regiment, brigades, and divisions the necessary detail of surgeons and assistants, the whole to move at 6 o'clock on Monday morning. I also directed Surgeon Page and most of the medical officers sent by you from this city to accompany Surgeon McParlin. The train of 37 wagons, containing medical and hospital supplies, dispatched by you on Saturday night in charge of Assistant Surgeon Webster, arrived at a late hour on Sunday night. These wagons were unloaded at Centreville, and sent to the battle-field with Surgeon McParlin, who took such of the supplies as he thought would be required, and also his hospital supply wagon. It is to be remarked here that I had been officially informed that the army would remain at Centreville; that I had no definite knowledge of the number of our wounded on the field, or their precise situation, and intended keeping the trains moving as rapidly as possible between the battle-field and Centreville, expecting, in two days, to complete their removal.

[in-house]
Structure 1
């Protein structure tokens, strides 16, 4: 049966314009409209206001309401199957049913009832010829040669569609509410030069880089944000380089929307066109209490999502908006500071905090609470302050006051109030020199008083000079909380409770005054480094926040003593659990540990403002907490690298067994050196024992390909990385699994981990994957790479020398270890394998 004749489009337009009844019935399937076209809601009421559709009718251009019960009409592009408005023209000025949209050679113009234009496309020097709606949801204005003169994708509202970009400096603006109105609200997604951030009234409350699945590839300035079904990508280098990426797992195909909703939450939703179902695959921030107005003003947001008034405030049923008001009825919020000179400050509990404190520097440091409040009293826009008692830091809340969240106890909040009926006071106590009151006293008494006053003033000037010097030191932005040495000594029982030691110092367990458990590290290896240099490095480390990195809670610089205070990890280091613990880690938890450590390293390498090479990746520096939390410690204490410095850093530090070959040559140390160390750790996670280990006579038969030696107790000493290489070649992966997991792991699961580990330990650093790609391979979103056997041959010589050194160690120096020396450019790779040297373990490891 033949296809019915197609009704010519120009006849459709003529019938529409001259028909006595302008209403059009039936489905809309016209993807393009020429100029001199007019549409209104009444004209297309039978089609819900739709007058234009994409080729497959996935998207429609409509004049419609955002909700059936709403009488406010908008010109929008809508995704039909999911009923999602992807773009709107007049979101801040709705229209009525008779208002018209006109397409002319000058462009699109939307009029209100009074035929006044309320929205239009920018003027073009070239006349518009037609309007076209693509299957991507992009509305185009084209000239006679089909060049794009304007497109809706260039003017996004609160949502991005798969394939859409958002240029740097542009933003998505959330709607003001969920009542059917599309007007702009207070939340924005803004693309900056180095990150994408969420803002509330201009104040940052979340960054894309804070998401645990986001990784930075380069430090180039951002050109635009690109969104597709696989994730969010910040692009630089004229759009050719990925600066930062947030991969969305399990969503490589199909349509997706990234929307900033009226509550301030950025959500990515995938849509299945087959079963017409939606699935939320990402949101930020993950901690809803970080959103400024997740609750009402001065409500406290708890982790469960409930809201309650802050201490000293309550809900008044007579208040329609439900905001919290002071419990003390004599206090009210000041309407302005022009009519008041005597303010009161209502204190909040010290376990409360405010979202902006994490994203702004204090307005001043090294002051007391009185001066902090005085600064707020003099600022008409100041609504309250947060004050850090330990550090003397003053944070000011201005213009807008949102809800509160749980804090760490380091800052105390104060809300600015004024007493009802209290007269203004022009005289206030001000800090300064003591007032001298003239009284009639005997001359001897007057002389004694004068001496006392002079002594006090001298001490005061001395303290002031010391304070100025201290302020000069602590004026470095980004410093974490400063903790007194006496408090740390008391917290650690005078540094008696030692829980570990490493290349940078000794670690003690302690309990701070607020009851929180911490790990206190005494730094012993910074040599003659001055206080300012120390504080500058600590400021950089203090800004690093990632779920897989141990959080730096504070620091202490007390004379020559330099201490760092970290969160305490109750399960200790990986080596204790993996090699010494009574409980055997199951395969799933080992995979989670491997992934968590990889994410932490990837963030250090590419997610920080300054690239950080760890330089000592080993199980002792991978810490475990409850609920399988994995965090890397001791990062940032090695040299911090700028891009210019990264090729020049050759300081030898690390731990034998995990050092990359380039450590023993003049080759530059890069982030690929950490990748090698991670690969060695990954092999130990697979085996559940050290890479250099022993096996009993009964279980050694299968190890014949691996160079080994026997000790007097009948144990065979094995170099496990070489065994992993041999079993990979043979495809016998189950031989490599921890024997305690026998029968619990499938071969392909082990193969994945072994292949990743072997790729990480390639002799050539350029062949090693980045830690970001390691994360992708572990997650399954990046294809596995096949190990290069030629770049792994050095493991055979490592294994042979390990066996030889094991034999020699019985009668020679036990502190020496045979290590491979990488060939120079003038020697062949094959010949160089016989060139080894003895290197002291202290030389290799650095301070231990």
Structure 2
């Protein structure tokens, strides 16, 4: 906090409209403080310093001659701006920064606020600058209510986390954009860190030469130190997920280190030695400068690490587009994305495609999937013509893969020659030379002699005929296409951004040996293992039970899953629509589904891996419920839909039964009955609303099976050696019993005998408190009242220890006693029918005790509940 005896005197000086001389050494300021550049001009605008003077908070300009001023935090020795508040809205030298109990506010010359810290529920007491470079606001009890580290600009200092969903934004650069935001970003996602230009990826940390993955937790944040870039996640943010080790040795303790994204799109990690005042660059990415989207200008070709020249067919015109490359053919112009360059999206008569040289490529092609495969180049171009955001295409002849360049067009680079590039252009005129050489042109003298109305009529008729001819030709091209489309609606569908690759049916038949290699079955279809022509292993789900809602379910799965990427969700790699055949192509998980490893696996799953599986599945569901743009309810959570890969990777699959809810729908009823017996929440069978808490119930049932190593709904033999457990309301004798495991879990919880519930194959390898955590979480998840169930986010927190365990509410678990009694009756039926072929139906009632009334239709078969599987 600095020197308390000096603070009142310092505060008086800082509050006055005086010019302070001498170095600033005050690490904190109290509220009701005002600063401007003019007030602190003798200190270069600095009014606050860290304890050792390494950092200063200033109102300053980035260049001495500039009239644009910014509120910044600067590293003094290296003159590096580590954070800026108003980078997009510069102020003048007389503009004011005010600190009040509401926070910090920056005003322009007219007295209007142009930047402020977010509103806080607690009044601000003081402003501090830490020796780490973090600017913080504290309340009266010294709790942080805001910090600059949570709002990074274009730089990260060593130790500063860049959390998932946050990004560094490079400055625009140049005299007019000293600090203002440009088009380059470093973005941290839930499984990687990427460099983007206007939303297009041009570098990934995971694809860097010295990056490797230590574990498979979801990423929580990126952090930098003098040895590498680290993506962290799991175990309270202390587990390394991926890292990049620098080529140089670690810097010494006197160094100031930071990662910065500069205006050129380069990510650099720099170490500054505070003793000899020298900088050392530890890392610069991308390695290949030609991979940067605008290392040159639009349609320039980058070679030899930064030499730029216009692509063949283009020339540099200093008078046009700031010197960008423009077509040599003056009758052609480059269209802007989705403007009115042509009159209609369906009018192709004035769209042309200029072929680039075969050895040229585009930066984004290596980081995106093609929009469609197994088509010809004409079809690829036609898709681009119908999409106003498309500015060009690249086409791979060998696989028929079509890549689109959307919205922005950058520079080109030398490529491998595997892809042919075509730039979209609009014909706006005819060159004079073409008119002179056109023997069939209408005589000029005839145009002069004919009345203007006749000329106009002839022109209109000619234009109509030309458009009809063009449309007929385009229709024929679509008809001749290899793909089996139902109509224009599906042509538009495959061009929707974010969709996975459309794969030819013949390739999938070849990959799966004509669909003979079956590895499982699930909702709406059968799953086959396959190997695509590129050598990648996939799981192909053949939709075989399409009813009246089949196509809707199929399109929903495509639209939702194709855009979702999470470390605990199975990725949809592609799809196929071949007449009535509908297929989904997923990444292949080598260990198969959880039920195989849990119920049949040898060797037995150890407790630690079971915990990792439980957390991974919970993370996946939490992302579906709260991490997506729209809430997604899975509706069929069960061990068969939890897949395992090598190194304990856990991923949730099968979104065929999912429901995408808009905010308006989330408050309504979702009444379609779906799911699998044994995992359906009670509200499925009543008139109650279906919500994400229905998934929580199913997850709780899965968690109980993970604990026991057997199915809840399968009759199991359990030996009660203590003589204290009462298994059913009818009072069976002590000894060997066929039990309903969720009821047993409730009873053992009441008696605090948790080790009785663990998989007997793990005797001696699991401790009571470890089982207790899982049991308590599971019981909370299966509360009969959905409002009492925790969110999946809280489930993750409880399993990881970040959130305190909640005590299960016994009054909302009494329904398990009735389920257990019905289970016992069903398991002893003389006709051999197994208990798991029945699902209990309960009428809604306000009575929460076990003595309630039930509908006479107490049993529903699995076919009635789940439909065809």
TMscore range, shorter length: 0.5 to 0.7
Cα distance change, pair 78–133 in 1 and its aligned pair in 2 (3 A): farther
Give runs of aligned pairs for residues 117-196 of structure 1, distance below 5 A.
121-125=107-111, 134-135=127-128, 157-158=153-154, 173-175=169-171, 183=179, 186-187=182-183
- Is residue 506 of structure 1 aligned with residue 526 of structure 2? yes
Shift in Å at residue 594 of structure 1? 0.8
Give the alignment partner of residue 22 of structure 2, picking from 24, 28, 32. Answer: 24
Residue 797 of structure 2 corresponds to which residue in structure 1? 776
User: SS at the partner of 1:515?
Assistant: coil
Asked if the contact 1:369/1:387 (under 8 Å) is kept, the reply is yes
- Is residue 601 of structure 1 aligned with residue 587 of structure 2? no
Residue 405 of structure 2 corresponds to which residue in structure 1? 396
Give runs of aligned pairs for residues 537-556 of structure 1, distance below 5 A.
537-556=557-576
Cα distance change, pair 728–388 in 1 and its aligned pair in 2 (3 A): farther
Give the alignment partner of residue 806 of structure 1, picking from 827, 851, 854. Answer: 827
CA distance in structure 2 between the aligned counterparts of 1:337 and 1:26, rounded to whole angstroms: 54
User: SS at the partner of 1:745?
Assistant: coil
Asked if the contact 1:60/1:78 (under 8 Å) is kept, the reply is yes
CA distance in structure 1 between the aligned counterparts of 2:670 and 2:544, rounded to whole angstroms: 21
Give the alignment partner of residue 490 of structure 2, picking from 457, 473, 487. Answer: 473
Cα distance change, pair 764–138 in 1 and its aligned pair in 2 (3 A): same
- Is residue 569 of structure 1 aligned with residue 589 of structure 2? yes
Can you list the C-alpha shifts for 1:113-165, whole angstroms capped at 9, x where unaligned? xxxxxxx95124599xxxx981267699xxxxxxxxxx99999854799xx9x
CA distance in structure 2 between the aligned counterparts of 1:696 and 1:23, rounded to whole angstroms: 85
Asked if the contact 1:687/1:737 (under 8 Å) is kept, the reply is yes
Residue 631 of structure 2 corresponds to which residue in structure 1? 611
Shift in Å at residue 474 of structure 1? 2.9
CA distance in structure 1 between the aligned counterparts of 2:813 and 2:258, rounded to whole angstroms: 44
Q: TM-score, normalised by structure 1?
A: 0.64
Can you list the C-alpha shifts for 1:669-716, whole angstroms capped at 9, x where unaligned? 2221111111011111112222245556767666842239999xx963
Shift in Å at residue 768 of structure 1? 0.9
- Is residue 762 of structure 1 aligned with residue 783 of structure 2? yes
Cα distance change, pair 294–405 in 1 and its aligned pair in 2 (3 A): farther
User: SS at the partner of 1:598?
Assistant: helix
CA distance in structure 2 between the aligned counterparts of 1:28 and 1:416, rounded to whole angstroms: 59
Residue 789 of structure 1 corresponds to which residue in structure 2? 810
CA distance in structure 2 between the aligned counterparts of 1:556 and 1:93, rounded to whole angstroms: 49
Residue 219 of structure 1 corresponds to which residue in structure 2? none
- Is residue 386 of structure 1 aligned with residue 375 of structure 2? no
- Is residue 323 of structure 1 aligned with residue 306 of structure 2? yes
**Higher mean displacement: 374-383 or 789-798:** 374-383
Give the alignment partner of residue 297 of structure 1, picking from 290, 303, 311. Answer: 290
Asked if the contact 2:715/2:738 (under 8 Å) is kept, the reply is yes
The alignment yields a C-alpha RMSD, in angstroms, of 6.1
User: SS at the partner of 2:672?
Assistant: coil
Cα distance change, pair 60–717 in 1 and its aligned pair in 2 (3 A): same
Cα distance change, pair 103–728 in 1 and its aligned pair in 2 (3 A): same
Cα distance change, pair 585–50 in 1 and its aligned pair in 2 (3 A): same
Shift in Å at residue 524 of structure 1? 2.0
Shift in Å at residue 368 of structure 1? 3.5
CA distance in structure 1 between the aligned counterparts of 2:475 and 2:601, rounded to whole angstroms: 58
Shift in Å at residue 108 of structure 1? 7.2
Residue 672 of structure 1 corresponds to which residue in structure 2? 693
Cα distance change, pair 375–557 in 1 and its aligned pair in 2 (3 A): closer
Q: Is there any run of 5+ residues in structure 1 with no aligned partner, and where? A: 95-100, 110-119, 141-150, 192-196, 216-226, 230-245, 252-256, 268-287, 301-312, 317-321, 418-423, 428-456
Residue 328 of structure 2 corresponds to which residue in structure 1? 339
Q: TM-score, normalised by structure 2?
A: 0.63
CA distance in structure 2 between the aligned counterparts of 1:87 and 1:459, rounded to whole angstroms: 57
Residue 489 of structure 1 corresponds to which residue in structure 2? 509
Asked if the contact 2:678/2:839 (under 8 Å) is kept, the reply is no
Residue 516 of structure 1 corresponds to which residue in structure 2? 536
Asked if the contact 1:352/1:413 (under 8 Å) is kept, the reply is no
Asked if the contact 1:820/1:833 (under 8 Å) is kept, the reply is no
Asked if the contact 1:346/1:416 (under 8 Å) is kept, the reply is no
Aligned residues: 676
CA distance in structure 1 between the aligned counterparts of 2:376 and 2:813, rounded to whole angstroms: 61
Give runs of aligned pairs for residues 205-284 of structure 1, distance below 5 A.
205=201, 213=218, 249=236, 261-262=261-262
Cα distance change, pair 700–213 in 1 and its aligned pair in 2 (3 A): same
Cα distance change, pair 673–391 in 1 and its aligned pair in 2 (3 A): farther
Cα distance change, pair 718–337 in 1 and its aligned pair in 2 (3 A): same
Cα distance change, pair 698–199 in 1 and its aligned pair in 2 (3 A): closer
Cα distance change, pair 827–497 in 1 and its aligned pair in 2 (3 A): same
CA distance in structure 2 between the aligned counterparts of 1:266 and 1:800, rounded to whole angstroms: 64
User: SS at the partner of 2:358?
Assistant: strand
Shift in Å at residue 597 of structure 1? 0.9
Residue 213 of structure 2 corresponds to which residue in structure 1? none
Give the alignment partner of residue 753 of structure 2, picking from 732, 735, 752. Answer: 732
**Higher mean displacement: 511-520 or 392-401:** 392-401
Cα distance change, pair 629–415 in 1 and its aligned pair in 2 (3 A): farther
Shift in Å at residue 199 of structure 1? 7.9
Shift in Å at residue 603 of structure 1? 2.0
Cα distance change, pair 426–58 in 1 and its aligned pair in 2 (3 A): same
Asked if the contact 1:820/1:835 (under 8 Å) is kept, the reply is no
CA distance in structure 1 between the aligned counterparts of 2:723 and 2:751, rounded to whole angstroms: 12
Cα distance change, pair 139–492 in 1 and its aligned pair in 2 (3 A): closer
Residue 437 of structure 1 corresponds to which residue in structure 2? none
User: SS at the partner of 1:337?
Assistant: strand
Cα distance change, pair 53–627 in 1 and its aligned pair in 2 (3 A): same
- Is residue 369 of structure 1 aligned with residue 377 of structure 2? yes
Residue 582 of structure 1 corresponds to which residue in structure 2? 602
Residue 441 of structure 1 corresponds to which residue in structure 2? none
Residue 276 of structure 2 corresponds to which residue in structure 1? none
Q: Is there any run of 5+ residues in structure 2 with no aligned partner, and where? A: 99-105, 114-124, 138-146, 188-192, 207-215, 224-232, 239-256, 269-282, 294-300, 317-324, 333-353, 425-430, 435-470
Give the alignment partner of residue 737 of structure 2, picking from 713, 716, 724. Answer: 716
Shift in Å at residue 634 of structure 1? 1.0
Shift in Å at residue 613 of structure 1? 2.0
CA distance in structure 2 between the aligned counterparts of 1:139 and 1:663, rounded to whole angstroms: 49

Of all the trains of ambulances sent to Fairfax Station on Sunday, but one returned, and that was sent to the battle-field. On Munday, judging from the movements around me that the army would fall back, I applied to Colonel Ruggles, assistant adjutant-general and chief of staff, who informed me that while he thought the army would fall back, it was not yet so decide. I then asked that I might be informed as soon as the decision was made. Early Monday evening, I think about 7 o'clock, I went to Major General Pope, stated my impressions, from what I heard and saw, that the army was retiring, referred to the nature of my orders from you, and asked whether I should accompany him, or remain with the wounded, and send his medical director, Surgeon McParlin, to him. The general decided I should send Medical Director McParlin, to him, and remain myself with the wounded. The general also stated to me that he had no intention of leaving this place (Centrewille); that the old Braddock road to Fairfax Station was open, and that my ambulances should be sent that way. During both Sunday and Monday I had made repeated efforts to procure subsistence stores So far as I could ascertain, there were none at Centreville. Colonel E. G. Beckwith, chief commissary, gave me an order on any commissary I obtained some coffee, sugar, candles, and hard bread. On Monday night, when the wagons were passing through Centreville, Commissary lances arrived in Centreville from the battle-field on Monday evening. The wounded were fed with soup, coffee, and hard bread, furnished with blankets, and forwarded at daybreak Tuesday morning, by the Braddock road. During the night all our troops left Centreville, and on Tuesday morning the place was occupied by the enemy. I had not deemed it proper either to send back my hospital supplies or to destroy them, trusting that our wounded would have some benefit from them, even after they had passed from my control. The result did not disappoint my expectations. Of the 4,000 blankets you sent to me, 2,000 at least were used for our wounded, and the requisitions of the medical officers at Centreville for medical and hospital stores for immediate use, including concentrated beef essence, mutton broth, extract of coffee, sugar, and milk, milk in cans, crackers, brandy, whisky, wine, and tea, were promptly complied with. On Tuesday morning, after the occupation of Centreville by the rebel troops, I received from Medical Director McParlin a requisition for subsistence for 1,500 men, and a note describing the destitute condition of our wounded on the field. This was the first information I had received concerning the situation